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Your Care at Home After a Mastoidectomy (4850)

Your Care at Home After a Mastoidectomy (4850) - Clinical Hub, Patient Education, Health and Nutrition Facts For You, Ear Nose and Throat


Your Care at Home After a Mastoidectomy

What is a Mastoidectomy?
A mastoidectomy is a surgery done on the
temporal bone structures to remove the parts
with chronic disease. This can also be done
to gain access to problems deeper in the ear
and skull.

What to Expect after Surgery
ξ You may feel some incision pain, ear
pressure or headache. For relief, use
your pain medicine as directed.
ξ Because your jaw is close to your
ear, you may have soreness or
stiffness when you move your jaw.
You may want to start with soft
ξ You may have some incision area
numbness which may last for
ξ You will have an incision behind or
above the affected ear.
ξ You will have a large cup like
dressing over the affected ear and
incision. Your doctor will tell you
when it may be removed. After the
gauze dressing is off, wear a cotton
ball in the bowl of your ear. This
may be changed as needed.
ξ You may have packing inside your
ear canal. The packing may dissolve
or it will be removed at your first
clinic visit after surgery. Dissolvable
packing may look dark red or black
on your cotton ball, this is normal.
ξ You may hear some popping or
crackling noises. This is normal.
ξ There may be blood-stained drainage
from your ear for a few days. Some
drainage may last for 1-2 weeks. If
you have had a “canal wall down”
procedure you may have more
drainage from your ear for up to 3
ξ Some people feel dizzy. This usually
will last only for about a week or so.
ξ You may have some taste changes
when eating.
ξ The presence of the dressing, any
packing, or swelling may make it
harder to hear. Often, best hearing
may not be achieved for 3-6 months.

What to Do After Surgery
ξ If you have a Velcro type headband
holding your dressing in place, it
should be left in place the first night
after surgery, but it is OK to loosen
the band and reattach it if it feels too
ξ The incision behind your ear can get
wet after two days, but you must
keep water out of your ear until
advised by your doctor. This may be
for 1-3 months. When you shower,
put a Vaseline® covered cotton ball
in the bowl of your ear to seal the
canal and keep your ear canal dry.
ξ Use ear drops as directed by your
ξ If you have packing inside your ear
canal, do not remove it. You may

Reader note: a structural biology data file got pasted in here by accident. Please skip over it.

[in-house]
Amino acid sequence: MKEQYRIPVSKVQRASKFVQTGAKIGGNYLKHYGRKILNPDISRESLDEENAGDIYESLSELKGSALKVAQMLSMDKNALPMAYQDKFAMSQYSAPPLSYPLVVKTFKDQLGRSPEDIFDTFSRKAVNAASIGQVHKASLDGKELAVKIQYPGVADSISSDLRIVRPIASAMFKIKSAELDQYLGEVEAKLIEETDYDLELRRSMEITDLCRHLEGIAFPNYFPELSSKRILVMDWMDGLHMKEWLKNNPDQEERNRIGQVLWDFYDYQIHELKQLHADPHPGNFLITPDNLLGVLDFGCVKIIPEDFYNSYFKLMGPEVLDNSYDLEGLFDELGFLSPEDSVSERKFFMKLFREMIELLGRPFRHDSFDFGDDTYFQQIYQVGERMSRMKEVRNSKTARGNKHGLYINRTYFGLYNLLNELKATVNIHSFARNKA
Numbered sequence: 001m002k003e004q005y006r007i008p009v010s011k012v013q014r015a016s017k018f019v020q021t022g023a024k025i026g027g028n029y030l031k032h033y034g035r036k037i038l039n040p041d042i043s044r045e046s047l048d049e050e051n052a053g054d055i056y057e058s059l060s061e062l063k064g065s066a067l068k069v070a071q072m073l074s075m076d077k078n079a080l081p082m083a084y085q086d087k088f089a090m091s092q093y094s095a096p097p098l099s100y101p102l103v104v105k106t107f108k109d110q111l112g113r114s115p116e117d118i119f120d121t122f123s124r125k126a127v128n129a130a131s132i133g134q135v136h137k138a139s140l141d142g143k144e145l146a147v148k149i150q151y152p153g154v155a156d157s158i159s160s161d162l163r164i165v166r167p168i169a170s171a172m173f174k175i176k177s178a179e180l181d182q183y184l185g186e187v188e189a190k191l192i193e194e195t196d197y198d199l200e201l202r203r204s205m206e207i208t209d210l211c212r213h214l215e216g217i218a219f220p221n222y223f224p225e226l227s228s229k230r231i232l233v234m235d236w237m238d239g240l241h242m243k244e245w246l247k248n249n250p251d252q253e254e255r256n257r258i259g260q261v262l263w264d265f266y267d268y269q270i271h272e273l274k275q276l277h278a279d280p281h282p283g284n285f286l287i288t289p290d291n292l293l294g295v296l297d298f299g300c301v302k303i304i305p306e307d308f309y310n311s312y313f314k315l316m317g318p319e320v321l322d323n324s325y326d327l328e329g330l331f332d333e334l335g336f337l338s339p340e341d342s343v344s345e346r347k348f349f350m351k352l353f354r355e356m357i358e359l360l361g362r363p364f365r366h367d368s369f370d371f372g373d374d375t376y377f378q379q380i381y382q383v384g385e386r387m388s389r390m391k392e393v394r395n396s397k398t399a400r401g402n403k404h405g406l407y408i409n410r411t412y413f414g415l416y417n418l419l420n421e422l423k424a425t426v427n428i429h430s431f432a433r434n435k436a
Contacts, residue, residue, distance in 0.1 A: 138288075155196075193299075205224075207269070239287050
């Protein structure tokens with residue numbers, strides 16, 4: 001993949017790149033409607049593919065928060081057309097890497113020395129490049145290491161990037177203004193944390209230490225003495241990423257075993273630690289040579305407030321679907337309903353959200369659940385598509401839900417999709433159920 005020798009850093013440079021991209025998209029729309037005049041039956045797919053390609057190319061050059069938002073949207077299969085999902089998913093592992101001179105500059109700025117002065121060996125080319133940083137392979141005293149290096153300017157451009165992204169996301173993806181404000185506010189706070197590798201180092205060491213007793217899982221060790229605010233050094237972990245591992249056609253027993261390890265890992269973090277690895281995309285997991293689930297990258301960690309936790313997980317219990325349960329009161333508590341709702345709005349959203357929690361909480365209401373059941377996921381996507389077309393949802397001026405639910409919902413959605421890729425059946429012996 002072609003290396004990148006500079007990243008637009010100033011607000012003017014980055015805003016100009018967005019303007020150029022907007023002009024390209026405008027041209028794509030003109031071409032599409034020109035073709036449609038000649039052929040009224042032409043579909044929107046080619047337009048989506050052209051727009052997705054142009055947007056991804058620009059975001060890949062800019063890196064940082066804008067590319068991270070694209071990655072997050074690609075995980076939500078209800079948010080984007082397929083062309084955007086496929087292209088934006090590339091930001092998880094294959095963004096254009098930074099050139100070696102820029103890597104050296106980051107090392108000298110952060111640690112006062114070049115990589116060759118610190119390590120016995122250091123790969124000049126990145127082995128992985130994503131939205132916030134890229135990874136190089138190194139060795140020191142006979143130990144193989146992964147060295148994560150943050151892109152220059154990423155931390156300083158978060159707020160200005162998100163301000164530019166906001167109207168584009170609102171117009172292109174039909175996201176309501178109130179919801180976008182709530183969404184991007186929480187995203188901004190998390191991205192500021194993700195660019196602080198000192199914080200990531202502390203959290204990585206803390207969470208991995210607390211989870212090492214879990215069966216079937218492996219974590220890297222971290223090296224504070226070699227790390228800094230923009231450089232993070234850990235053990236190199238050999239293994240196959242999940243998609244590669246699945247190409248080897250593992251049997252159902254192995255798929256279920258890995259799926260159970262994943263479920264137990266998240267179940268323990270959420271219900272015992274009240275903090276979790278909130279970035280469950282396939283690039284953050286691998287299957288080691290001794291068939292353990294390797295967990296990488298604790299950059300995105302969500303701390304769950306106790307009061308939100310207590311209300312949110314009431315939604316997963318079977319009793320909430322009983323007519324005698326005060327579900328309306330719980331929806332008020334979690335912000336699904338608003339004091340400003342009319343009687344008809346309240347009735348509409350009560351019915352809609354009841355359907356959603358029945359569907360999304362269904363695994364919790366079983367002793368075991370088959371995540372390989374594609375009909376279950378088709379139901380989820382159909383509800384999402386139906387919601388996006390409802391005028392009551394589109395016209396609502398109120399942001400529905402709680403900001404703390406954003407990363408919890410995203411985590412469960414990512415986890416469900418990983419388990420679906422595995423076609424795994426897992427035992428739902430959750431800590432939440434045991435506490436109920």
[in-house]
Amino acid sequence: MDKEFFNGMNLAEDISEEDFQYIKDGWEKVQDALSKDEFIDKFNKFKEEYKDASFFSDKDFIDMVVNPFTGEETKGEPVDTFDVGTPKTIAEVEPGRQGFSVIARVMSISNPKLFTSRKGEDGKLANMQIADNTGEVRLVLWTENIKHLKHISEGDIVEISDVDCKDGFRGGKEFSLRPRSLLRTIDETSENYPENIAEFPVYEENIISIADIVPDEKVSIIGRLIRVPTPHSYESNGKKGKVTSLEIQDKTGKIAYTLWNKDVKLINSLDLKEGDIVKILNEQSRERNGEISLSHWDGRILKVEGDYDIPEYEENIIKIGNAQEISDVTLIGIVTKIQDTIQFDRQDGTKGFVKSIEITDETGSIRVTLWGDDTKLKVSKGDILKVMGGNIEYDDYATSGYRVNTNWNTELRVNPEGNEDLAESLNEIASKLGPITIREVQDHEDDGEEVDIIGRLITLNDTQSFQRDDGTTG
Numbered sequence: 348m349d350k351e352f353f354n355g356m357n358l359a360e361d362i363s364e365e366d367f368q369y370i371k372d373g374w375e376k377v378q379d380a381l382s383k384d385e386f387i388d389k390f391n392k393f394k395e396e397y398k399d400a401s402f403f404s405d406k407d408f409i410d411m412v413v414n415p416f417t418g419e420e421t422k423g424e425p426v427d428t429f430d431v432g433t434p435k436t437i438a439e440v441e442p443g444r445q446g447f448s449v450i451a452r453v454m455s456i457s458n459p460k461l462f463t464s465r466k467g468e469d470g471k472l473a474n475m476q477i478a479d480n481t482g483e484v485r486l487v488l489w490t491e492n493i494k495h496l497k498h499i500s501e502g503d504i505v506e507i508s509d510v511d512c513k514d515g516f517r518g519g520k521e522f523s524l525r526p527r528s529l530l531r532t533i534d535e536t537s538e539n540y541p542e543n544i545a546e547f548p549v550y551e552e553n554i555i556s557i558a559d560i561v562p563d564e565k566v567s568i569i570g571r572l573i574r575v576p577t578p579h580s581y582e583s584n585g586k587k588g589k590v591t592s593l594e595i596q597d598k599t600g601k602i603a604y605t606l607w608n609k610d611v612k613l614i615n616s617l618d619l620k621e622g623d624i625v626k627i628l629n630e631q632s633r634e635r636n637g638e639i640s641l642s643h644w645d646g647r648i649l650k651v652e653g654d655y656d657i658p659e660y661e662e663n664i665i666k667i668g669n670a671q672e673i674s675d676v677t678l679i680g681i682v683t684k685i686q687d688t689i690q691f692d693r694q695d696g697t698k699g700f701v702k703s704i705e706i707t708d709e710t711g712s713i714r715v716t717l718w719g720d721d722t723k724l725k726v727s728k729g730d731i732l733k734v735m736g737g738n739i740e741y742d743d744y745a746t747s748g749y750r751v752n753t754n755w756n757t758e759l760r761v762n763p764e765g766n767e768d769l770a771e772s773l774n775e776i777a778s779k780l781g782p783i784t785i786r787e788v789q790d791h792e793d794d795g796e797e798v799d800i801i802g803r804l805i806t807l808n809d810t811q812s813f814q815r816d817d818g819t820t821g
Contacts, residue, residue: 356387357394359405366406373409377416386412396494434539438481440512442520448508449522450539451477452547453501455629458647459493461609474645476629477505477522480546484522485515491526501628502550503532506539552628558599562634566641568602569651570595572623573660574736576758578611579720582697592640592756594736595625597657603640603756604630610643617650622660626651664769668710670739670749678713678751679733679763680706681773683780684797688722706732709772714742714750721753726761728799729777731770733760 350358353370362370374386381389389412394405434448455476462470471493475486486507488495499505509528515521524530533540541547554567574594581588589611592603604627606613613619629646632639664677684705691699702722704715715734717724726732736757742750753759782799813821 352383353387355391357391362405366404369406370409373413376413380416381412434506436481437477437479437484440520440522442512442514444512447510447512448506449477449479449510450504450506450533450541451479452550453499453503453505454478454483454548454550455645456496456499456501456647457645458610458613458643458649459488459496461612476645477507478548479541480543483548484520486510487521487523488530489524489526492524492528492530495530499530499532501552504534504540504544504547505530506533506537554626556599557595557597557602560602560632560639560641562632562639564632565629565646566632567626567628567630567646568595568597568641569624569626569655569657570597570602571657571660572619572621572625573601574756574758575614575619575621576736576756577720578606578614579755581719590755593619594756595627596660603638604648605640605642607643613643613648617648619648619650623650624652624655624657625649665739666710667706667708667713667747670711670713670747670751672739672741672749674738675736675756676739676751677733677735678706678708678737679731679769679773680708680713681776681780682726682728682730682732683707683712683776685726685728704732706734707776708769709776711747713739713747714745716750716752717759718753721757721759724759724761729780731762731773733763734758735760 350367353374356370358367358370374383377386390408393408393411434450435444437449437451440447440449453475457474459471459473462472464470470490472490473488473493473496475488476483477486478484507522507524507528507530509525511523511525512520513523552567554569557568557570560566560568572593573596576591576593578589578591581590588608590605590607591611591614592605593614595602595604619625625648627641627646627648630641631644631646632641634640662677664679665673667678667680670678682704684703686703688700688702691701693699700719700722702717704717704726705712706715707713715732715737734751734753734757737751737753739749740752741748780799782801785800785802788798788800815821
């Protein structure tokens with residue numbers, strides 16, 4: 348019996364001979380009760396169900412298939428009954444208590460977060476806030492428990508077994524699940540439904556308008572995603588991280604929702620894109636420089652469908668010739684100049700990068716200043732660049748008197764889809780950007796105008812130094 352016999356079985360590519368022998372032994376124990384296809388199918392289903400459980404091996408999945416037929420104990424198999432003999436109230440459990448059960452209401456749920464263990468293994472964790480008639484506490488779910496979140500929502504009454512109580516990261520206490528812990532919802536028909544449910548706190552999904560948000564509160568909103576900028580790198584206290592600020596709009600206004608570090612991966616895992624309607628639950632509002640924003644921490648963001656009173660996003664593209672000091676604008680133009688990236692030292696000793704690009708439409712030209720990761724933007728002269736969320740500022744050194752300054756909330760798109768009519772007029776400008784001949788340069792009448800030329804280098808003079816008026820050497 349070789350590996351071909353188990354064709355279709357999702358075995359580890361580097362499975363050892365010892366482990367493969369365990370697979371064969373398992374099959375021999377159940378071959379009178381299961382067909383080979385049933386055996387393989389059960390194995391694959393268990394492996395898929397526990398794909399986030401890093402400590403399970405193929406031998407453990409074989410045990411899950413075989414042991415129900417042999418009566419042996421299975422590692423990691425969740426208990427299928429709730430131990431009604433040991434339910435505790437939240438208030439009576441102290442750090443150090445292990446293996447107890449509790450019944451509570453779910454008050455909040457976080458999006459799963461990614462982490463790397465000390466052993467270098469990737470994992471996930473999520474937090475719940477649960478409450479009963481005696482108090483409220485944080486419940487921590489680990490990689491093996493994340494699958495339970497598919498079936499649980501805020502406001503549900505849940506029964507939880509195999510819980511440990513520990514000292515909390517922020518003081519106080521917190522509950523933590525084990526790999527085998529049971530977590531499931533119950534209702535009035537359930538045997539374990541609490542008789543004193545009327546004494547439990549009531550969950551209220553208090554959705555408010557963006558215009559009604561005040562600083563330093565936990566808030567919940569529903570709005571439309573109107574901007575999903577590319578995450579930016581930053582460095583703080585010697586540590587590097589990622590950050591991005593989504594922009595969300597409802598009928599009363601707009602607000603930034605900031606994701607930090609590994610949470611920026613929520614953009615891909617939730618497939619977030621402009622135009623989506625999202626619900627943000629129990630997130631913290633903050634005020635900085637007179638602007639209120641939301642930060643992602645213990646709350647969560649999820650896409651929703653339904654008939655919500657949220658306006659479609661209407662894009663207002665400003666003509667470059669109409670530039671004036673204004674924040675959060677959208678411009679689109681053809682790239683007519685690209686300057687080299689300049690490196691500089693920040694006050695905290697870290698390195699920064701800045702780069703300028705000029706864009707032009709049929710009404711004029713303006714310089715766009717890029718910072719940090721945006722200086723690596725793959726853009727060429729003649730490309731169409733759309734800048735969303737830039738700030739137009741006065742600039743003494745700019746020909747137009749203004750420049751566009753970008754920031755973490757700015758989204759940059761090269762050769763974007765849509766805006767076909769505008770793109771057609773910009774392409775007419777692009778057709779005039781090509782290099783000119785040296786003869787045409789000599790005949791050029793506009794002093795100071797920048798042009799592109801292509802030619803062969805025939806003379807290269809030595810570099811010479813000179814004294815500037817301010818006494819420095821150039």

notice some packing material on the
cotton ball when you change it.

ξ For the next 48 hours, raise your
head at least 30º when you lie down.
Use at least 2 pillows. Do not lie on
the side of your treated ear.
ξ Avoid quick head movements.
ξ Avoid strenuous activity for 4 weeks
or as your doctor advises. No
jogging, aerobics, or lifting greater
than 25 pounds during that time. No
swimming for at least 2 months or
until your doctor advises.
ξ Do not blow your nose for 1 week.
After 1 week, if you must blow your
nose, do it gently one side at a time
to avoid pressure on your ears.
ξ For the first week, sneeze or cough
only with your mouth open.
ξ Check with your doctor about air
travel. It is often about 4-6 weeks
before you will be able to travel by
ξ Check your wound for any signs of
infection. Watch for redness,
swelling, increased pain or foul
smelling pus-like drainage.
ξ Do not drive or drink alcohol while
taking any pain pills.
When to Call Your Doctor
ξ Bleeding that soaks through 6 gauze
dressings or cotton balls in one hour
ξ Fever greater than 100.5 θ F by mouth
ξ Pain that is not relieved by
ξ Any signs of infection
ξ Sudden dizzy feeling
ξ A large decrease in your hearing
ξ Weakness of the face or facial droop

Phone Numbers

ENT Clinic: (608) 263-6190 Monday -
Friday, 8:00 am - 5:00 pm

After 5:00 pm or weekends, and holidays,
the clinic number will be answered by the
paging operator. Ask for the ENT doctor
on-call. Leave your name and phone
number with the area code. The doctor will
call you back shortly.

If you live out of the area, please call:

The Spanish version of this Health Facts for You is #4850s.

Your health care team may have given you this information as part of your care. If so, please use it and call if you have
any questions. If this information was not given to you as part of your care, please check with your doctor. This is not
medical advice. This is not to be used for diagnosis or treatment of any medical condition. Because each person’s health
needs are different, you should talk with your doctor or others on your health care team when using this information. If
you have an emergency, please call 911. Copyright © 3/2017 University of Wisconsin Hospitals and Clinics Authority.
All rights reserved. Produced by the Department of Nursing. HF#4850